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Heather Huckins

Distinguished PAT (Professional, Administrative, and Technical Staff) Award

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Patricia Cantor

Award for Excellence in Faculty Service

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Bonnie Bechard

Distinguished Graduate Teaching Award

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Mary Campbell

Patricia Storer PAT (Professional, Administrative, and Technical Staff) Award

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Jennifer Frank

Distinguished Operating Staff Award

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Janis Bass

Distinguished Adjunct Teaching Award

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Warren Tomkiewicz

Distinguished Teaching Award

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Naomi Kline

Award for Distinguished Scholarship

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Terri Johnson

Sara Jayne Steen Operating Staff Service Award

Crystal Finefrock

February 16th, 2010 by Bridget
"...we need to work together and help each other."

"...we need to work together and help each other."

Distinguished PAT (Professional, Administrative, and Technical Staff) Award

Senior Associate Director of Financial Aid

My dad always said, ‘Never carry a balance on your credit card and never pay interest,’” Crystal Finefrock recalls.

Today, she’s the one offering financial advice.

Finefrock’s PSU career began in 2000, when she accepted the position of assistant director of financial aid, awarding financial aid packages to students and counseling them and their families on financial aid options. Barely into her second year at PSU, Finefrock says, “My career took an interesting twist.”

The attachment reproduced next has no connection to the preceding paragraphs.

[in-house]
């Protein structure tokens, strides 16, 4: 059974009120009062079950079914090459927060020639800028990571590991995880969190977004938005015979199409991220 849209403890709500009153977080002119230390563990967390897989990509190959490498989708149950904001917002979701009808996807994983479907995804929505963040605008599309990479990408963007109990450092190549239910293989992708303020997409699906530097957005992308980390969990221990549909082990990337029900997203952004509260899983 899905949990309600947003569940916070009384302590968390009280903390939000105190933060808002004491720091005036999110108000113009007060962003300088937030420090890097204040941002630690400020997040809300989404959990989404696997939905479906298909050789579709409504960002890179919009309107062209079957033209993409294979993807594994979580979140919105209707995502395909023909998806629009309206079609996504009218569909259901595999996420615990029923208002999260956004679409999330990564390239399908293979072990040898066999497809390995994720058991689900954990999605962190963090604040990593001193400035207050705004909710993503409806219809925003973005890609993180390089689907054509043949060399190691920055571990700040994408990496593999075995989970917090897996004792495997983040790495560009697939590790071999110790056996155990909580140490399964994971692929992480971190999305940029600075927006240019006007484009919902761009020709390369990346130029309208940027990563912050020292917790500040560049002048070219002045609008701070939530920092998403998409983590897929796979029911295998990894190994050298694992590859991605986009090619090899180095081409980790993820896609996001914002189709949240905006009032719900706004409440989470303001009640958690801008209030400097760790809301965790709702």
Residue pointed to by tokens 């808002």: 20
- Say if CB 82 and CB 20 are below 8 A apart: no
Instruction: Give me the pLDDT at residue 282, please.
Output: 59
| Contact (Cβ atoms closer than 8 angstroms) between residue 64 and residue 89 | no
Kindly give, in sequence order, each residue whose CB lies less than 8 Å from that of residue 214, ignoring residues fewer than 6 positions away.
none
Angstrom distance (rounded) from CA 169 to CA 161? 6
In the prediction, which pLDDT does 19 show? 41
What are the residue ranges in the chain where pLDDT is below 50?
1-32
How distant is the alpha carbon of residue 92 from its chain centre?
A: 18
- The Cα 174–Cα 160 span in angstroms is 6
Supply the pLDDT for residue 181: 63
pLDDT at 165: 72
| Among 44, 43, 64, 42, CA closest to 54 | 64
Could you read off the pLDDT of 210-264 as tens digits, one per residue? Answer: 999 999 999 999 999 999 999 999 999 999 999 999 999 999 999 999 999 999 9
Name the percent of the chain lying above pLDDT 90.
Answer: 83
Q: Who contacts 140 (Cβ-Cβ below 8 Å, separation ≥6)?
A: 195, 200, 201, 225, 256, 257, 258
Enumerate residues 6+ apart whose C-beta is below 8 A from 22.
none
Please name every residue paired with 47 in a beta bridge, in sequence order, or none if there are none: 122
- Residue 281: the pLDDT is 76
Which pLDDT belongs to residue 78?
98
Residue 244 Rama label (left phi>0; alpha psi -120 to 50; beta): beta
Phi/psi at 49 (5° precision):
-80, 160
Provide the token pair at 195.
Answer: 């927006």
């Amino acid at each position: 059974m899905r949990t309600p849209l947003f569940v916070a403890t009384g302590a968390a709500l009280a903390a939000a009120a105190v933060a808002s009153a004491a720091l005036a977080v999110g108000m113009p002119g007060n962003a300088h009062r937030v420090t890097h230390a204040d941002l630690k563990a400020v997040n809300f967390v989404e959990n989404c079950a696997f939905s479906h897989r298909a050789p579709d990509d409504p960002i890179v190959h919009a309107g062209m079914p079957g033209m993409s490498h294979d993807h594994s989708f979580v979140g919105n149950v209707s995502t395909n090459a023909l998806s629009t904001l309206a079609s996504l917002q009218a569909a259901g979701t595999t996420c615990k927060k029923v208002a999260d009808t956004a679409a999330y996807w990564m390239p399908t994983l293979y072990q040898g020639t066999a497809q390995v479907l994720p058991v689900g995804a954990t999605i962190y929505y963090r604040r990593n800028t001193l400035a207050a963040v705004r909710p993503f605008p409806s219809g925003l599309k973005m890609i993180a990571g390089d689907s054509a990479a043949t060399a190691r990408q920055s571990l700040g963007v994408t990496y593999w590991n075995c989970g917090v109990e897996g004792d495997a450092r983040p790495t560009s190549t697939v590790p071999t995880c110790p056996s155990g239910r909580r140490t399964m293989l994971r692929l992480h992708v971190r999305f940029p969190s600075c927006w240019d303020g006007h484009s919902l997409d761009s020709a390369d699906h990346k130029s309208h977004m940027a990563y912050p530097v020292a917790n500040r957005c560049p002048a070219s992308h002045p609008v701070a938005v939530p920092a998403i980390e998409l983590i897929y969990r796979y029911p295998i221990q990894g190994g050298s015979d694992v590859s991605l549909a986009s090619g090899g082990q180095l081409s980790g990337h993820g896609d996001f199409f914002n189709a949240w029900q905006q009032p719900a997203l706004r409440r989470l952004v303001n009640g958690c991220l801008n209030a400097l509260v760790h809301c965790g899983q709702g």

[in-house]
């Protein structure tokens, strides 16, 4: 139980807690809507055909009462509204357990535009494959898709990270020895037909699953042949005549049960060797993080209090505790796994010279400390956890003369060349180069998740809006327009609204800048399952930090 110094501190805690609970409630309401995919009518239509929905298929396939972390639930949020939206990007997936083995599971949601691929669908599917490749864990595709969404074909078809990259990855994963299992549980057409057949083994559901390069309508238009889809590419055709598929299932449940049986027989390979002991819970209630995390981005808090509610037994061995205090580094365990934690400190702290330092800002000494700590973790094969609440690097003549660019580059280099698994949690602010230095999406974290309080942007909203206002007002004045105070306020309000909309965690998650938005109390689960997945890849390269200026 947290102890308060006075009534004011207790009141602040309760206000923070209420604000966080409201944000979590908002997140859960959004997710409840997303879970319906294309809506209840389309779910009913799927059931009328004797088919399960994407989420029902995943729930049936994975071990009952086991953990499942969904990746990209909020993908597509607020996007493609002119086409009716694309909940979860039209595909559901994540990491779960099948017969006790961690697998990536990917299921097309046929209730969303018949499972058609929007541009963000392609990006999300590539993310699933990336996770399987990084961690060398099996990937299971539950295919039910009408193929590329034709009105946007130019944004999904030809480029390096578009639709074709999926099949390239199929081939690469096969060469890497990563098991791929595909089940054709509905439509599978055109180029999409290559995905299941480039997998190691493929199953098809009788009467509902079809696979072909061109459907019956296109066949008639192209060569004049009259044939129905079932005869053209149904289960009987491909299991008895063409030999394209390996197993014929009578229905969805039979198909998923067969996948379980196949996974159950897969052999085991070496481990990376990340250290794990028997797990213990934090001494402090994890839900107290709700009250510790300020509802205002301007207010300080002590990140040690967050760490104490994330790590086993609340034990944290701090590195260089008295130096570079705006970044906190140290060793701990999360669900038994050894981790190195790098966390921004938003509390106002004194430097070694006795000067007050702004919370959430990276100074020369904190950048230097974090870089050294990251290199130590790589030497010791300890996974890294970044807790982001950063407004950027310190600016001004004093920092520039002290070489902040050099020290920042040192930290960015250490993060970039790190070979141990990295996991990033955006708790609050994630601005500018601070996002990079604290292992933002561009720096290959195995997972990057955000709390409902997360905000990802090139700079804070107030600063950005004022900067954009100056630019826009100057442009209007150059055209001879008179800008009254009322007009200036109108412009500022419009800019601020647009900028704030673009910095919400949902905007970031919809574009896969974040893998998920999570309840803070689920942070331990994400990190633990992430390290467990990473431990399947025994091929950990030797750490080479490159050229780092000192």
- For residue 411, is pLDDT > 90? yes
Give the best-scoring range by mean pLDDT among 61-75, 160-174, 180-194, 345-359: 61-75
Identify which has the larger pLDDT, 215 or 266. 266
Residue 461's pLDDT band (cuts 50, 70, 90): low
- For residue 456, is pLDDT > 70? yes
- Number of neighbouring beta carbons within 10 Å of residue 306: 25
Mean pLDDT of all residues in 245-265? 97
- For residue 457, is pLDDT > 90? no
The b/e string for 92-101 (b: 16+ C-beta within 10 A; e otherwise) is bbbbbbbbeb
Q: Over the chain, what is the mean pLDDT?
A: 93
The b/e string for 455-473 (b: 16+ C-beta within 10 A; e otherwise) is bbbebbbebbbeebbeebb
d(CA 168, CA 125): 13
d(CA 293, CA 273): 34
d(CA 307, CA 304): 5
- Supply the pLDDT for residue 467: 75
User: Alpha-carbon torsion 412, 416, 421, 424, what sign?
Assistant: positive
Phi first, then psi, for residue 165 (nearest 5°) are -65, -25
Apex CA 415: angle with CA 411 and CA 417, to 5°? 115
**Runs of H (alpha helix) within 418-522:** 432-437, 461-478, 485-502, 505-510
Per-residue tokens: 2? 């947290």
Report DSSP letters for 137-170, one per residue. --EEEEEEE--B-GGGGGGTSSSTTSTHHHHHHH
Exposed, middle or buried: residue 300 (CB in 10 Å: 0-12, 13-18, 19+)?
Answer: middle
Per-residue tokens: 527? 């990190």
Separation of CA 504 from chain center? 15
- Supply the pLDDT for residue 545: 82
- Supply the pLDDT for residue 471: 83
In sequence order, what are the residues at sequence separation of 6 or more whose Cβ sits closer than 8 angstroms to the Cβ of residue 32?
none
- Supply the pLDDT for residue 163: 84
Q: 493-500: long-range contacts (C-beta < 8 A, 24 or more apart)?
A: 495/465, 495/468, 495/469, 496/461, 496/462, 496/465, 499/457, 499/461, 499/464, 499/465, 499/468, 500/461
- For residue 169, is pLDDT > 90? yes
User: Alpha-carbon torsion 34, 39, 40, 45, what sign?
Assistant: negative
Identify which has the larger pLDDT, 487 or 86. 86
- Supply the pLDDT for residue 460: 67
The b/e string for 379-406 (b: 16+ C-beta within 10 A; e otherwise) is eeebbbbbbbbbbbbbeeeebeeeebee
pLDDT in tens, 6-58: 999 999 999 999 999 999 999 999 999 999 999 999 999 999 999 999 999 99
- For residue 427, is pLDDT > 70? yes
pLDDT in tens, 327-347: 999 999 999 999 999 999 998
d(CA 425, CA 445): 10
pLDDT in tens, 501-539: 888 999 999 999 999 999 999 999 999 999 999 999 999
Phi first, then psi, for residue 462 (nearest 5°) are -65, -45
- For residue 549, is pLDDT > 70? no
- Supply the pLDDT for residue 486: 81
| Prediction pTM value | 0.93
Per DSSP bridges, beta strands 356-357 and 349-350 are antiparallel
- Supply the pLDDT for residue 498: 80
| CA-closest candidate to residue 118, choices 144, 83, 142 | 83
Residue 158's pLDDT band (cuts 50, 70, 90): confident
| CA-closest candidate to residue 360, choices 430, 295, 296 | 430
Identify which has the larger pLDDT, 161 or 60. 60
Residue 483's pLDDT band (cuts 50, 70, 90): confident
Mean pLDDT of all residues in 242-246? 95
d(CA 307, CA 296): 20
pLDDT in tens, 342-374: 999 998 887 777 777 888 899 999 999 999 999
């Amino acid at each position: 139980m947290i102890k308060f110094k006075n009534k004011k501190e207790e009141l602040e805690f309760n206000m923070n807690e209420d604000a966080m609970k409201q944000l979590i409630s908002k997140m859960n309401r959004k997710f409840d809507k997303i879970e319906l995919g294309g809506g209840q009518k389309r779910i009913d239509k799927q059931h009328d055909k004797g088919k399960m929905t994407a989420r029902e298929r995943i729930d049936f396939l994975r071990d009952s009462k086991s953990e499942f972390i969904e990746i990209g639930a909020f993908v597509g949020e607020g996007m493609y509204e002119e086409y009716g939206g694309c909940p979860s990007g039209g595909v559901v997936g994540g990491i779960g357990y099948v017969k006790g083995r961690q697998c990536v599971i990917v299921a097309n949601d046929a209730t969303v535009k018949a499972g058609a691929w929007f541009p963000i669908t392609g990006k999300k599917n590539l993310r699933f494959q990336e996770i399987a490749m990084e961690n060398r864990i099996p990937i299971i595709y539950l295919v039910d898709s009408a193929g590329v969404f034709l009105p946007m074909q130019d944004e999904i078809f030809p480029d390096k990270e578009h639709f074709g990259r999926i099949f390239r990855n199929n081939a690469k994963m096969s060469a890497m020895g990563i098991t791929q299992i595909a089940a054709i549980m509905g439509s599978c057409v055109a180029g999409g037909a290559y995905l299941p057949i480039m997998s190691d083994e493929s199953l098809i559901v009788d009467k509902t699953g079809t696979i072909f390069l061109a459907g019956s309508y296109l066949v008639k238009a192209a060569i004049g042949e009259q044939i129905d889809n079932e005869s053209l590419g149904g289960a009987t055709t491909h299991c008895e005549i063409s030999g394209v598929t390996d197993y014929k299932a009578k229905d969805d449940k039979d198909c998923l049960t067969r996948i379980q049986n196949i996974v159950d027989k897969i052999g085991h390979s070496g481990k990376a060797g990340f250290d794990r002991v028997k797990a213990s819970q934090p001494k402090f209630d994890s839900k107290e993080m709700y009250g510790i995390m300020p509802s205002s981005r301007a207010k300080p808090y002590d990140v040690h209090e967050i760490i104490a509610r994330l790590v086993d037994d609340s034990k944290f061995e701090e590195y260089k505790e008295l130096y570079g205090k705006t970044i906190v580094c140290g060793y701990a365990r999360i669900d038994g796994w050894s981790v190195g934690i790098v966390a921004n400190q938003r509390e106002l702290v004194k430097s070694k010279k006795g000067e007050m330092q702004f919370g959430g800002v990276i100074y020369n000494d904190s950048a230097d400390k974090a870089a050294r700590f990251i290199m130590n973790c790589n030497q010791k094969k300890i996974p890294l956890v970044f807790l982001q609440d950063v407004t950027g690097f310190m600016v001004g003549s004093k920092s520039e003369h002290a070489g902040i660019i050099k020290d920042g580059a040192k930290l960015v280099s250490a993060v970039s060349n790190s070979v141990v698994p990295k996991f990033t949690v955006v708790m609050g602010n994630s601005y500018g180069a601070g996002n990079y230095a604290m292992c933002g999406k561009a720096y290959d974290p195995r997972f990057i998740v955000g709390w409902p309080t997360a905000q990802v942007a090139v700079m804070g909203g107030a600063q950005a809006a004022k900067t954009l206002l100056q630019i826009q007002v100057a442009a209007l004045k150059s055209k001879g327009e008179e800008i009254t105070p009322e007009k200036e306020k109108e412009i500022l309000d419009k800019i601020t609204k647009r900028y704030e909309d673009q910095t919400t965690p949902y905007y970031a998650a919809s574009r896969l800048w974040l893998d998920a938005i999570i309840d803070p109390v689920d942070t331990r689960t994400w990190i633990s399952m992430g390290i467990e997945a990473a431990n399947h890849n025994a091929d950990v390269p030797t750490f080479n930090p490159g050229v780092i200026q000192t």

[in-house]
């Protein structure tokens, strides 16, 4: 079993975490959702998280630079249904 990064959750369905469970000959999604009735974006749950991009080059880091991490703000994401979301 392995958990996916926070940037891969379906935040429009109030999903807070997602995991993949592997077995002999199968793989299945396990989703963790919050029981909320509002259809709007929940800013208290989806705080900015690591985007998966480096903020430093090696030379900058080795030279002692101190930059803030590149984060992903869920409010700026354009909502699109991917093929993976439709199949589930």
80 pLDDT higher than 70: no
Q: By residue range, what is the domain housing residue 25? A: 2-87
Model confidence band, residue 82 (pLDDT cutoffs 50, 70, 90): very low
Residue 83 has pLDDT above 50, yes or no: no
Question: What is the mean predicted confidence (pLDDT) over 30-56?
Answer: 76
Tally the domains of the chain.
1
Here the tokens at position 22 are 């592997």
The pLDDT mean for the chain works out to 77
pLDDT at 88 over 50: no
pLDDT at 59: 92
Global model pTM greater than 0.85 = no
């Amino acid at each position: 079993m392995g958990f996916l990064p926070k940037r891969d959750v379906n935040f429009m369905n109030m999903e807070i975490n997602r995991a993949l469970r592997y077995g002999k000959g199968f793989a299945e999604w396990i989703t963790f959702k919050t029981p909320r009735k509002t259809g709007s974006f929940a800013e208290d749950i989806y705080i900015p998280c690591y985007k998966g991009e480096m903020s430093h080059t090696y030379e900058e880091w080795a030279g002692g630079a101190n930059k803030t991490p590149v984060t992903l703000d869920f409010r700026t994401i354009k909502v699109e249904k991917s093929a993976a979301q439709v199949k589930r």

That twist involved financial aid’s new software system, a system Finefrock had been trained on as a backup to the department’s information technologist. When the information technologist retired prior to the system conversion, Finefrock was asked to step into the role, and she accepted. Though the conversion process proved to be a challenge at times, Finefrock says the experience helped solidify financial aid’s teamwork philosophy. “We learned we can’t figure things out alone—we need to work together and help each other,” she says.

Now senior associate director of financial aid, Finefrock retains all of her responsibilities as information technologist and balances them with overseeing office operations, managing the operating budget, supervising staff, and more. The knowledge she gained from her previous positions, Finefrock notes, allows her to easily shift from assisting a colleague with a software system question to counseling a student on financial responsibility. “I love to mix it up,” she says.